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by Loren Mendell
The unlikely story of America's original shock-jock — Petey Greene — who battled the system and his own demons during a time of civil unrest in the nation's capital.
by Doug Pray
Meet the real Mad Men (and women!) in Art & Copy, an intimate look at the people behind the curtain of modern consumer culture.
by Beth Harrington
Filmmaker Beth Harrington is sucked into a media vortex when she accidentally captures "the miracle of the Blinking Madonna" on video during an Italian American religious feast, leading her to explore myth and faith in the lives of American Catholic women, including herself.
by Rebecca Snedeker
New Orleans filmmaker Rebecca Snedeker gives an unprecedented look at the secrets and inner workings of the old-line Carnival societies and debutante balls of Mardi Gras.
by Brett Morgen
Mixing animation and archival footage, Director Brett Morgen’s Chicago 10 explores the buildup to and unraveling of the protest at the 1968 Democratic National Convention and the 1969 conspiracy trial that followed.
by Benjamin Franzen and Kembrew McLeod
Can you own a sound? Copyright Criminals examines the history and influence of musical sampling, provoking debates about copyright, compensation, and creativity in the age of intellectual property.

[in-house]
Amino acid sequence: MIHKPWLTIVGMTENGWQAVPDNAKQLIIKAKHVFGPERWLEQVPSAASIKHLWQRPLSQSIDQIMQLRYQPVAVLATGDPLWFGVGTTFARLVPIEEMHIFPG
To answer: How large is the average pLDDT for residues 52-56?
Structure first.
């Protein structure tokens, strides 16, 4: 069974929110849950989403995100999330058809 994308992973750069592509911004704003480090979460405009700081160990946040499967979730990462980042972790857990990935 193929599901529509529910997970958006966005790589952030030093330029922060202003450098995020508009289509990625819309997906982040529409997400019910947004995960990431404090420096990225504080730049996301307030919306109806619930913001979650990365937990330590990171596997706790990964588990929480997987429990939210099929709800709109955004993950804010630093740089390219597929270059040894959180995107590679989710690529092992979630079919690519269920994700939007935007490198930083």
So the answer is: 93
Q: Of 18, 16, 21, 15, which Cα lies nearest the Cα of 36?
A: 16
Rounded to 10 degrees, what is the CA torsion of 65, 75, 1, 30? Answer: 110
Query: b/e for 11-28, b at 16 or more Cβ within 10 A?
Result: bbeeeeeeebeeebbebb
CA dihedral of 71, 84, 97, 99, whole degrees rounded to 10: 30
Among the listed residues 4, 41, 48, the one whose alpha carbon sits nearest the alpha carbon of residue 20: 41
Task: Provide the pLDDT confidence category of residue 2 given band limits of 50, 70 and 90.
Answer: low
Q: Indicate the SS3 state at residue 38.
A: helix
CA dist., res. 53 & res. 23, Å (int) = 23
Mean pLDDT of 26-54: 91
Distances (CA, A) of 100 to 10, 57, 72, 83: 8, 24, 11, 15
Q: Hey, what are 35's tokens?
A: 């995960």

by Calvin Skaggs
Democracy on Deadline shadows courageous journalists and champions of independent media as they work to make, and keep, their societies free.
by Amanda Pope and Tchavdar Georgiev
The Desert of Forbidden Art is an incredible story about a group of visionary Soviet-era artists and one man who risked his life to rescue their work.
by David Bolt
This series examines the role technology plays in deepening societal divisions based on race, gender and class, and how the lack of access to computers threatens to widen these gaps.
by Todd Haynes
In one of his early short films — and the only one made for TV — writer/director Todd Haynes tells the post-war suburban tale of a boy whose obsession with an I Love Lucy-esque television comedienne exacerbates his social status as a “feminino,” and his father’s disgust at his “sissified” ways.